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Regional Manager Outer Sydney
Army December 10, 2009
By Capt Roger Phillips
51FNQR has played an inte-
gral role in smoothing the way
for enforcement agencies to
work in co-operation in far-
north Queensland (FNQ).
Commander Norcom charged
51FNQR with undertaking a 12-
patrol reconnaissance and sur-
veillance mission, including Air
Force and Navy elements, in
the region as part of Operation
Before the operation, from
October 5-25, the regiment
established a common operat-
ing framework for inter-agency
patrolling that is now used by all
enforcement agencies in FNQ.
CO 51FNQR Lt-Col Brendan
Cox said it became evident dur-
ing discussions and briefings
that every agency divided FNQ
into different sectors.
"Rather than having state and
federal police districts, military
AOs and council boundaries, we
proposed a common architecture
based on the one constant we all
deal with -- the human terrain,"
Lt-Col Cox said.
FNQ is now broken into 39
areas of responsibility based on
known indigenous cultural and
The battalion created a
lance and target acquisition plan
to help agencies share informa-
"Regardless of the shirt we
wear, we can answer each oth-
er's information requirements as
agreed at each whole-of-govern-
ment meeting," Lt-Col Cox said.
"We then include these infor-
mation requirements into the
surveillance and target acquisi-
The new process of inter-
agency engagement was a suc-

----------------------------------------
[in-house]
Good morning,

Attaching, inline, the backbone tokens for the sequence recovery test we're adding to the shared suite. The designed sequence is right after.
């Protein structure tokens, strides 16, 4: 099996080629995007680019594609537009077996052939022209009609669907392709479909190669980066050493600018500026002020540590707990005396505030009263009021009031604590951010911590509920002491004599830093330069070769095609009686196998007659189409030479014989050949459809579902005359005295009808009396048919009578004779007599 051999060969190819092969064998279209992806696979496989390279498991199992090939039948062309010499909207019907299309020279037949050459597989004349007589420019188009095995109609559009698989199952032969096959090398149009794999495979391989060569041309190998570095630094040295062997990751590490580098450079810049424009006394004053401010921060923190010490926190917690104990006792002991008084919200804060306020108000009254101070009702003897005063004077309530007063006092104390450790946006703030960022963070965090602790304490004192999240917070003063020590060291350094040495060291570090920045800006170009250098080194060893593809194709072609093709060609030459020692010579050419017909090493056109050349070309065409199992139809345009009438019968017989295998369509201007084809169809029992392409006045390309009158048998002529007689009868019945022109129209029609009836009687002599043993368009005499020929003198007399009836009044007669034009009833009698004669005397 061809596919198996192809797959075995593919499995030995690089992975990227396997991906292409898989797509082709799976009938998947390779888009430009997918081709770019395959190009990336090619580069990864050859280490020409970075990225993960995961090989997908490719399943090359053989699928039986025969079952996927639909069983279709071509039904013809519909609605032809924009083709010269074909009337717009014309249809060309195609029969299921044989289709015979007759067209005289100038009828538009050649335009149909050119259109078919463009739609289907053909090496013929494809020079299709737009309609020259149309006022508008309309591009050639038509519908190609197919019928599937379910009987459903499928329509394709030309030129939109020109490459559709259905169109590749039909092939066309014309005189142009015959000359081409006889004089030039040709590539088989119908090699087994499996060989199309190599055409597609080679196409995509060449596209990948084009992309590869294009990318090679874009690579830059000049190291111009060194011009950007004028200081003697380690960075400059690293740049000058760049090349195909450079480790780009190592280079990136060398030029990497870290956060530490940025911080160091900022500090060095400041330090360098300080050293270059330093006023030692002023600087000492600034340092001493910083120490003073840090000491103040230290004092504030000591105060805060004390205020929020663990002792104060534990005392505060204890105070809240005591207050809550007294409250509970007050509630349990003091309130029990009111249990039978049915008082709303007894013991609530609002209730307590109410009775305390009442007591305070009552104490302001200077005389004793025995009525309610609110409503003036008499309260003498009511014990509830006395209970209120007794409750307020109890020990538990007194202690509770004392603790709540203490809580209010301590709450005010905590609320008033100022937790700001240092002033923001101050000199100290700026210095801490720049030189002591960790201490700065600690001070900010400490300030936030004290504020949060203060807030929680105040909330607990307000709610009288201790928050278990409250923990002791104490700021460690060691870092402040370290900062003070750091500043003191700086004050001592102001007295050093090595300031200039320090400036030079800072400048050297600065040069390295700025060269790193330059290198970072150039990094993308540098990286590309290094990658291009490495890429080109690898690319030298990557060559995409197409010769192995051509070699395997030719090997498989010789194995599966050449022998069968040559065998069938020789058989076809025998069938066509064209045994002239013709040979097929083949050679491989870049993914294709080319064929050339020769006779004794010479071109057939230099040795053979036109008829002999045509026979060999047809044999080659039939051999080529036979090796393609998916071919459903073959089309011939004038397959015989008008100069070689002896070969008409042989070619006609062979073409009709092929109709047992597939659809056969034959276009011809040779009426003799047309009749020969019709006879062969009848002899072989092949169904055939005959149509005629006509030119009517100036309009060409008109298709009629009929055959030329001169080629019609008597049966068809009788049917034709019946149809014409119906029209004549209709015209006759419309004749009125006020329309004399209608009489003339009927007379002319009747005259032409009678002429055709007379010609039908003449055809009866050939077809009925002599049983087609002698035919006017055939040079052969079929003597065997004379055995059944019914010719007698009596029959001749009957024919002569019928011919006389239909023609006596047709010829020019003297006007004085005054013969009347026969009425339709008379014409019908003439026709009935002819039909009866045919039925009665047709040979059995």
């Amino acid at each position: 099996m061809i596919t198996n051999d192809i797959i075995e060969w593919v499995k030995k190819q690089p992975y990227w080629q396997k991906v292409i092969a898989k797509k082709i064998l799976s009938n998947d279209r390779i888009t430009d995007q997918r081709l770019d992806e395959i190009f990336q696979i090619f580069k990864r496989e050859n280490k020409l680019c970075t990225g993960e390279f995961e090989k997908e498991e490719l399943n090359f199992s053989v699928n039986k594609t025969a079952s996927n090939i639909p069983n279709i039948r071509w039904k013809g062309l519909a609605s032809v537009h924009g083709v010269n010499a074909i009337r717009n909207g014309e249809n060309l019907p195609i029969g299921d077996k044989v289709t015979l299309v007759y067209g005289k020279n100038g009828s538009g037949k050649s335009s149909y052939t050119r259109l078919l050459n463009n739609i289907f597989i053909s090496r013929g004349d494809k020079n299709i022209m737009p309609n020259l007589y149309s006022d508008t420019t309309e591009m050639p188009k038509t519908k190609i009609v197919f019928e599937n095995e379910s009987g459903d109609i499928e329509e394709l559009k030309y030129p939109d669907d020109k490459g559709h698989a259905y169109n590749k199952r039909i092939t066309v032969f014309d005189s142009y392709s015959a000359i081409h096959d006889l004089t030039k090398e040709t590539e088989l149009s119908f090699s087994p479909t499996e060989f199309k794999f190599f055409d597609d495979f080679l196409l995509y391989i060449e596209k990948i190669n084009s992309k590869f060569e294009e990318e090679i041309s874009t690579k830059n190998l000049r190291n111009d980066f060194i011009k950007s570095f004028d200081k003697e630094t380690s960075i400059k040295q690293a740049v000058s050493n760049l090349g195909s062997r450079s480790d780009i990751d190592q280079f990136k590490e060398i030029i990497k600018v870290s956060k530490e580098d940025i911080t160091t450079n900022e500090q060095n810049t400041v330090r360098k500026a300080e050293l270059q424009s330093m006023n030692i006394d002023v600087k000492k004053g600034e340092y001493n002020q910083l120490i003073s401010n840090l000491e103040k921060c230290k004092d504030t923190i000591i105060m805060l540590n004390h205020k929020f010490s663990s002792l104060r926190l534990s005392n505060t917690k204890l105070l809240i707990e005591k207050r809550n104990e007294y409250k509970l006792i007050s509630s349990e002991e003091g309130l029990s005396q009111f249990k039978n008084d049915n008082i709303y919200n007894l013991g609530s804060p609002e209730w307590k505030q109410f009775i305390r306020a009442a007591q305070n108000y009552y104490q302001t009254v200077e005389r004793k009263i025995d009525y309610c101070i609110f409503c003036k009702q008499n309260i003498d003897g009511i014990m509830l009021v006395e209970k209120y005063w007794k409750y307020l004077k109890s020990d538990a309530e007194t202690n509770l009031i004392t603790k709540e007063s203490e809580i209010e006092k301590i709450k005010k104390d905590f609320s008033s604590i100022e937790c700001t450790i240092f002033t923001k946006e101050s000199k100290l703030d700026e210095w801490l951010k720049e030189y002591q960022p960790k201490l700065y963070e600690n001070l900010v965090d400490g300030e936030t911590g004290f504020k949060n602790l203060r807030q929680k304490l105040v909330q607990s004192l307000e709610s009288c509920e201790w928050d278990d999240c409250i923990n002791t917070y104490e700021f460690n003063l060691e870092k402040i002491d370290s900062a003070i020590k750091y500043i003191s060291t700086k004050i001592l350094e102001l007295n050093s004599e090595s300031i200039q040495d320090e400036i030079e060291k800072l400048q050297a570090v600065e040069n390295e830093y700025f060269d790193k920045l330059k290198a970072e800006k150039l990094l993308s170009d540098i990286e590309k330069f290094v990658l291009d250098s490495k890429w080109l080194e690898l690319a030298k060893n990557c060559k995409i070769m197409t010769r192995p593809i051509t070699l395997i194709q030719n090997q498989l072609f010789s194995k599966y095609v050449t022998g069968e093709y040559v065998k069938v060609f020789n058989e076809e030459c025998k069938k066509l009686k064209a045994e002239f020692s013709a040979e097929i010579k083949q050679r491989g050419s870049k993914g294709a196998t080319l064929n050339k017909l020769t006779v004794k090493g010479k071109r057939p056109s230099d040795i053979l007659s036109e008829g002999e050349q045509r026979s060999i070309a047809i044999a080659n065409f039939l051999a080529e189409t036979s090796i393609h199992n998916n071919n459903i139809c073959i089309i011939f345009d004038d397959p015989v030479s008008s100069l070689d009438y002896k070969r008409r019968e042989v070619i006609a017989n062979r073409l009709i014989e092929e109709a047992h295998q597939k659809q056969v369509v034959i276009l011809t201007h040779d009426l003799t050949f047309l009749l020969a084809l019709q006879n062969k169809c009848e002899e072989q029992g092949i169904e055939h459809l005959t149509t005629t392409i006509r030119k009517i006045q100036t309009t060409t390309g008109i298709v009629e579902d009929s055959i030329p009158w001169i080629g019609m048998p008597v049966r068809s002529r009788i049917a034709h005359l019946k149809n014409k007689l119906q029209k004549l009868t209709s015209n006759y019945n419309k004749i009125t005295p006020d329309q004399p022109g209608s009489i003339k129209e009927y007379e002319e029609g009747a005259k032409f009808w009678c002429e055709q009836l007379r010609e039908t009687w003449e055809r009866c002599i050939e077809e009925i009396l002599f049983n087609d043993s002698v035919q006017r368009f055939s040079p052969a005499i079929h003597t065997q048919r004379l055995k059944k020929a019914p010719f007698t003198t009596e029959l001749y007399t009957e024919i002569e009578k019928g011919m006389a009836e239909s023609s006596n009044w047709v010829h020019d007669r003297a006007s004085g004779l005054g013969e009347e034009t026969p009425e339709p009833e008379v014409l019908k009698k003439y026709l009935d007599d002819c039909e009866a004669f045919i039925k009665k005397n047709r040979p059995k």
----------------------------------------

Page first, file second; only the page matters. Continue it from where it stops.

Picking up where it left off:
cess for 51FNQR and its contri-
bution to Op Resolute in 2009.
Unit patrols discovered and
reported illegal trap sites target-
ing local species.
The identification and
tracking of vessels operating
within the Torres Straits were
also reported to appropriate
Finally, essential search-and-
rescue equipment was recovered
and returned to the appropriate
In addition, the forward
headquarters located within the
Torres Strait provided a dental
officer, dental assistant and a
medic as part of its engagement
with the community.
51FNQR marine mechanics
also ran workshops on engine
maintenance and serviceability
checks for the islands' numerous
THE CA has agreed in principle to
reorganise health to meet Army's capa-
bility for the next 20 years.
This follows this year's RAAMC con-
ference at Bandiana, where the Combat
Health Support Modernisation Review
was the main focus.
SO2 Corps Health Service Maj Bruce
Murfin said health was changing along
with national guidelines. "We've come in
early to look at what the new structures
are and how we can best deliver Army
capability," Maj Murfin said.
Corps members discussed the impact
the review had on their trade, how their
trades fitted into the new health struc-
tures and how the structures supported
the Adaptive Army concept.
They also looked at how to deliver the
outcomes of the review and discussed the
implementation of new medical equip-
ment and developments in training.
Head of Corps Brig Tony Gill praised
RAAMC members for the corps' respon-
siveness to the changes.
Further information about the RAAMC can be
RAAMC/comweb.asp?page=189015 or www.
20 years of good health
Hide and seek: Pte Elroy Josiah, 51FNQR, on patrol near Boigu Island as part of
Photo by Pte Suli Canaweka
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